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Ann Emerg Med. 2015 Oct;66(4):381-9. doi: 10.1016/j.annemergmed.2015.03.003. Epub 2015 Mar 25.

Emergency Department Corticosteroid Use for Allergy or Anaphylaxis Is Not Associated With Decreased Relapses.

Author information

1
St. Paul's Hospital, Vancouver, BC, Canada; Department of Emergency Medicine, University of British Columbia, Vancouver, BC, Canada; School of Population and Public Health, University of British Columbia, Vancouver, BC, Canada; Centre for Health Evaluation and Outcome Sciences, University of Alberta, Edmonton, AB, Canada. Electronic address: brian.grunau2@vch.ca.
2
School of Population and Public Health, University of British Columbia, Vancouver, BC, Canada.
3
Department of Emergency Medicine and the School of Public Health, University of Alberta, Edmonton, AB, Canada.
4
School of Population and Public Health, University of British Columbia, Vancouver, BC, Canada; Centre for Health Evaluation and Outcome Sciences, University of Alberta, Edmonton, AB, Canada.
5
Division of General Surgery, University of British Columbia, Vancouver, BC, Canada.
6
Department of Medicine, University of British Columbia, Vancouver, BC, Canada.
7
Department of Emergency Medicine, University of British Columbia, Vancouver, BC, Canada; School of Population and Public Health, University of British Columbia, Vancouver, BC, Canada; Centre for Health Evaluation and Outcome Sciences, University of Alberta, Edmonton, AB, Canada.
8
St. Paul's Hospital, Vancouver, BC, Canada; Division of Allergy and Clinical Immunology, University of British Columbia, Vancouver, BC, Canada.
9
St. Paul's Hospital, Vancouver, BC, Canada; Department of Emergency Medicine, University of British Columbia, Vancouver, BC, Canada; Centre for Health Evaluation and Outcome Sciences, University of Alberta, Edmonton, AB, Canada.
10
St. Paul's Hospital, Vancouver, BC, Canada; Department of Emergency Medicine, University of British Columbia, Vancouver, BC, Canada.

Abstract

STUDY OBJECTIVE:

Corticosteroids (steroids) are often used to mitigate symptoms and prevent subsequent reactions in emergency department (ED) patients with allergic reactions, despite a lack of evidence to support their use. We sought to determine the association of steroid administration with improved clinical outcomes.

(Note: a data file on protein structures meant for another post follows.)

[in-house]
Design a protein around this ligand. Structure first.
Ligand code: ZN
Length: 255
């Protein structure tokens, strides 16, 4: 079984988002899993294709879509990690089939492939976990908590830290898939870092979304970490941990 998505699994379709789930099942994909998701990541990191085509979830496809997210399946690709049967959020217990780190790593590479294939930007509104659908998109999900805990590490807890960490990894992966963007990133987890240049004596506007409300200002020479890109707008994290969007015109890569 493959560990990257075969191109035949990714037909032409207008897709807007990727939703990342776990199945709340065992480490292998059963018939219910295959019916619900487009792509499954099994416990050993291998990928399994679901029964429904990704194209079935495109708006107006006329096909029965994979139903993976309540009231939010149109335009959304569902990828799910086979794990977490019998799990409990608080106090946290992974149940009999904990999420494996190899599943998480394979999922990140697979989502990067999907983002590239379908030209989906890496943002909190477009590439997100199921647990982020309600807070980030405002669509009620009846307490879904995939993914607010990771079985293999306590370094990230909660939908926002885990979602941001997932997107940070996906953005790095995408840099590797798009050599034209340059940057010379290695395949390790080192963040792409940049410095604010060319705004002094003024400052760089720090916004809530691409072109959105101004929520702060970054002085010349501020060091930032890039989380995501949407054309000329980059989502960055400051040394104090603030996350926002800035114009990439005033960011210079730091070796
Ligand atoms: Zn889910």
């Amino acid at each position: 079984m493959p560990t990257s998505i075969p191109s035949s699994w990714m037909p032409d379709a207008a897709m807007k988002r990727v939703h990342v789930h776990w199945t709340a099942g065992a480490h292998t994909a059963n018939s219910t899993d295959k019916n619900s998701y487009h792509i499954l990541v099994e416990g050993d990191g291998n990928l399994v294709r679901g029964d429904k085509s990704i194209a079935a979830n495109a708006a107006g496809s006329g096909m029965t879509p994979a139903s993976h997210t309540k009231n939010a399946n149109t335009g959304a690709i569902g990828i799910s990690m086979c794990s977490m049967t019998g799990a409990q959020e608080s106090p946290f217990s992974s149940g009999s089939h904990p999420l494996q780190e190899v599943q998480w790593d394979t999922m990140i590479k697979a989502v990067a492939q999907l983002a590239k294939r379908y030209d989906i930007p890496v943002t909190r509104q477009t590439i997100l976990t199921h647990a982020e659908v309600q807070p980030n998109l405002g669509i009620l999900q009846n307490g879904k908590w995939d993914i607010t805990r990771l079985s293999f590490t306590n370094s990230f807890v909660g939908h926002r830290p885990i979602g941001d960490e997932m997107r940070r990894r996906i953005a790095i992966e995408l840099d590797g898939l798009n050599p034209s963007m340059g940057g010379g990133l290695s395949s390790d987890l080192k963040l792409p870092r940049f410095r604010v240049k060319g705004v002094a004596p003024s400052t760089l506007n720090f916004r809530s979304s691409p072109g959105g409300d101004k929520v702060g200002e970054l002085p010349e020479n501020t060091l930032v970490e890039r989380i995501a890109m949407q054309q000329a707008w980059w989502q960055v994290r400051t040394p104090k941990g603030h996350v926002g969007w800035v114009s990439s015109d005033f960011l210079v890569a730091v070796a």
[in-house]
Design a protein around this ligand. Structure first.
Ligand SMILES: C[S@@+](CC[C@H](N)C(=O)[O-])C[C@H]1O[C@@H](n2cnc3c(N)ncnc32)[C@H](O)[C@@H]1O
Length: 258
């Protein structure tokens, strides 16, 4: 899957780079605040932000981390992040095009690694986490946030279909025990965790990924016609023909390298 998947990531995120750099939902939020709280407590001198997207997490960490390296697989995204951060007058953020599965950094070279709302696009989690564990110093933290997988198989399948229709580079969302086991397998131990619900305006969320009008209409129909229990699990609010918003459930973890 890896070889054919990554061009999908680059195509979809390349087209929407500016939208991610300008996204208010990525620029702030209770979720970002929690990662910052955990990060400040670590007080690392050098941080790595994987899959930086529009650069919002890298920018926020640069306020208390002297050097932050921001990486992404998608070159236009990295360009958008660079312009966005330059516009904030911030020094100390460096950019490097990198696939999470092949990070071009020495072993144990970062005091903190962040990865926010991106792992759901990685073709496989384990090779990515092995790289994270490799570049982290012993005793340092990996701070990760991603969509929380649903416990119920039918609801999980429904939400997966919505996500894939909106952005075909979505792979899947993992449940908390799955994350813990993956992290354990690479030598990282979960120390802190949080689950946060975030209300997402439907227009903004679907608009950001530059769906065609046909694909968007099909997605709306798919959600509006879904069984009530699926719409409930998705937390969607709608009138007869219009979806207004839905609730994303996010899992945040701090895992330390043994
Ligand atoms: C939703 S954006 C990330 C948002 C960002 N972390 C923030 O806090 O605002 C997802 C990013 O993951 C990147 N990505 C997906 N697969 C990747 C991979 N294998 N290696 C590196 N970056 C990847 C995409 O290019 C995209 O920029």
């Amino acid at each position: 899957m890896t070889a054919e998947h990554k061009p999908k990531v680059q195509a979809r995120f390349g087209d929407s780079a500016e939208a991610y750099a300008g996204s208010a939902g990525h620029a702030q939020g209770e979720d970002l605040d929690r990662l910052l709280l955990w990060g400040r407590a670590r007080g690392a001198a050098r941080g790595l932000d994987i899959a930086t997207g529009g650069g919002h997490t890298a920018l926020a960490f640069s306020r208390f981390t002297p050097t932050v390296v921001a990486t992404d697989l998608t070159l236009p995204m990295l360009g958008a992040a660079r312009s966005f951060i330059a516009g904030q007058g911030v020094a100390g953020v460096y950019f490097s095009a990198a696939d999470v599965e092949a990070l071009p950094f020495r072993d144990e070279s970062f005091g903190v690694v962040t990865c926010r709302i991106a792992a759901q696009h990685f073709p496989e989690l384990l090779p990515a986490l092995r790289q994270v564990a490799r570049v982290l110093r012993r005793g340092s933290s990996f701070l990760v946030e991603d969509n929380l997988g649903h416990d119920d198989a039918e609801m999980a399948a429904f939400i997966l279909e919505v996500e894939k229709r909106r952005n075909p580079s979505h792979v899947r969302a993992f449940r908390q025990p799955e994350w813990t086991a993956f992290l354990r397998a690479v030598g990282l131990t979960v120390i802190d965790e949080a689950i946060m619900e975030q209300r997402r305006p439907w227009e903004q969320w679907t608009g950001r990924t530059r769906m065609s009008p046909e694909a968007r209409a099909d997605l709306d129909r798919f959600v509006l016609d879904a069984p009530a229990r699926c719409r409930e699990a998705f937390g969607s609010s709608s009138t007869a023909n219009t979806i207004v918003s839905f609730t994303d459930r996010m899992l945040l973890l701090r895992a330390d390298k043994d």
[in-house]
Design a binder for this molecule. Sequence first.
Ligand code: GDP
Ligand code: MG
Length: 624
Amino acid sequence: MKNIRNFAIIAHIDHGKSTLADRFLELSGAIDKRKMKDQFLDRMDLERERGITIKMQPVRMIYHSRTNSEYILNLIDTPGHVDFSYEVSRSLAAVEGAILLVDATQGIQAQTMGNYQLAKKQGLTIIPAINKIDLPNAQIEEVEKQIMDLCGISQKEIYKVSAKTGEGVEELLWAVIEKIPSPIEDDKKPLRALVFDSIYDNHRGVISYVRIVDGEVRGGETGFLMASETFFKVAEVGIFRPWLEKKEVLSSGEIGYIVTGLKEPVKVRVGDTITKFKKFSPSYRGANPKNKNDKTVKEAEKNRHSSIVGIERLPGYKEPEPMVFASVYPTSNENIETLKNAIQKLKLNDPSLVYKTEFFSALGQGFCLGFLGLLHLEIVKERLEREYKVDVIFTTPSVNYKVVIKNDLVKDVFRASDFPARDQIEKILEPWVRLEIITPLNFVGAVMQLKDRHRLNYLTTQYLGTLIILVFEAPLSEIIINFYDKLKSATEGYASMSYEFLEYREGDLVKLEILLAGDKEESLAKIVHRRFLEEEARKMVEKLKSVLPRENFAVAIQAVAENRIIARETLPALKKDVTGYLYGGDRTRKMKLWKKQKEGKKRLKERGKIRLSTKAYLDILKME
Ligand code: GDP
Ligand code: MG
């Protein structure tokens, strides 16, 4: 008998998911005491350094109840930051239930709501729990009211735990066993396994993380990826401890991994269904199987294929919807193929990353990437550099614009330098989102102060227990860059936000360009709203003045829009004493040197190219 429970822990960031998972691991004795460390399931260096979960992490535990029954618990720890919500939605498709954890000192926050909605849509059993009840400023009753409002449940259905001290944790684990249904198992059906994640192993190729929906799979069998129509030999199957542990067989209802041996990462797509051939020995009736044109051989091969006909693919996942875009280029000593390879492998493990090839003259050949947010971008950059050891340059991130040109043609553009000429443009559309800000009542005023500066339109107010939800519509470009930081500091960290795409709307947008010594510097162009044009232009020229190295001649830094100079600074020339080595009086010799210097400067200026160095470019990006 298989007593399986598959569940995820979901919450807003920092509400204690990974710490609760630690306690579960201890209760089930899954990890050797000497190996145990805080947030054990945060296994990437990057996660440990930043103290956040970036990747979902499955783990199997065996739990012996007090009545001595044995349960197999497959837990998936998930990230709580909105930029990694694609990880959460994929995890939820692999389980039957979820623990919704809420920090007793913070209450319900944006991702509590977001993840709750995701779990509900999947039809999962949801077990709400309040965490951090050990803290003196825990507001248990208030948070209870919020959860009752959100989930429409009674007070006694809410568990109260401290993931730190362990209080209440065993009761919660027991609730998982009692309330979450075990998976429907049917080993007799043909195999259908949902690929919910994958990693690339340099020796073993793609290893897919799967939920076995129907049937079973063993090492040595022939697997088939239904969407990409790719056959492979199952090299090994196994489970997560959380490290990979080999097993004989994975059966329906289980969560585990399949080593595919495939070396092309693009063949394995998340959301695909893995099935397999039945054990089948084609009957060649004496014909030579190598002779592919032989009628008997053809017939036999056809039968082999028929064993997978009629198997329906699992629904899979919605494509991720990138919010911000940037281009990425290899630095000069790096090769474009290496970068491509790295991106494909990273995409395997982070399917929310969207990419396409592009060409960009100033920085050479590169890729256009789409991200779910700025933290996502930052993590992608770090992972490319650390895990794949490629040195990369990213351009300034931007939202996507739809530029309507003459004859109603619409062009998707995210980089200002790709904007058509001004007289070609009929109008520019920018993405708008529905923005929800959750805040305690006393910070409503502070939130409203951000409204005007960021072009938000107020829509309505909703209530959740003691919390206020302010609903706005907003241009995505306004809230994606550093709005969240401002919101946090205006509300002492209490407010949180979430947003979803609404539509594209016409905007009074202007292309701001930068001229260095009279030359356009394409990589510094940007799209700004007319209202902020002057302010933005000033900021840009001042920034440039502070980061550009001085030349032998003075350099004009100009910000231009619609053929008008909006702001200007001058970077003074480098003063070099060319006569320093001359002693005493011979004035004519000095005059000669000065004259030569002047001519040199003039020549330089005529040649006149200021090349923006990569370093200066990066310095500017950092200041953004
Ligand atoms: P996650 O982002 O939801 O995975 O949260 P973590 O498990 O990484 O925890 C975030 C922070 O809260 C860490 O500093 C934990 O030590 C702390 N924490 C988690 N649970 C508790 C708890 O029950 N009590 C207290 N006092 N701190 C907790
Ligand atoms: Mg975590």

METHODS:

Adult allergy-related encounters to 2 urban EDs during a 5-year period were identified and classified as "anaphylaxis" or "allergic reaction." Regional and provincial databases identified subsequent ED visits or deaths within a 7-day period. The primary outcome was allergy-related ED revisits in the steroid- and nonsteroid-exposed groups, adjusting for potential confounders with a propensity score analysis; secondary outcomes included the number of clinically important biphasic reactions and deaths.

RESULTS:

Two thousand seven hundred one encounters (473 anaphylactic) were included; 48% were treated with steroids. Allergy-related ED revisits occurred in 5.8% and 6.7% of patients treated with and without steroids, respectively (adjusted odds ratio [OR] 0.91; 95% confidence interval [CI] 0.64 to 1.28), with a number needed to treat (NNT) to benefit of 176 (95% CI NNT to benefit 39 to ∞ to NNT to harm 65). The adjusted OR in the anaphylaxis subgroup was 1.12 (95% CI 0.41 to 3.27). In the allergic reaction group, the adjusted OR was 0.91 (95% CI 0.63 to 1.31), with an NNT to benefit of 173 (95% CI NNT to benefit 38 to ∞ to NNT to harm 58). In the steroid and nonsteroid groups, there were 4 and 1 clinically important biphasic reactions, respectively. There were no deaths.

CONCLUSION:

Among ED patients with allergic reactions or anaphylaxis, corticosteroid use was not associated with decreased relapses to additional care within 7 days.

[Indexed for MEDLINE]

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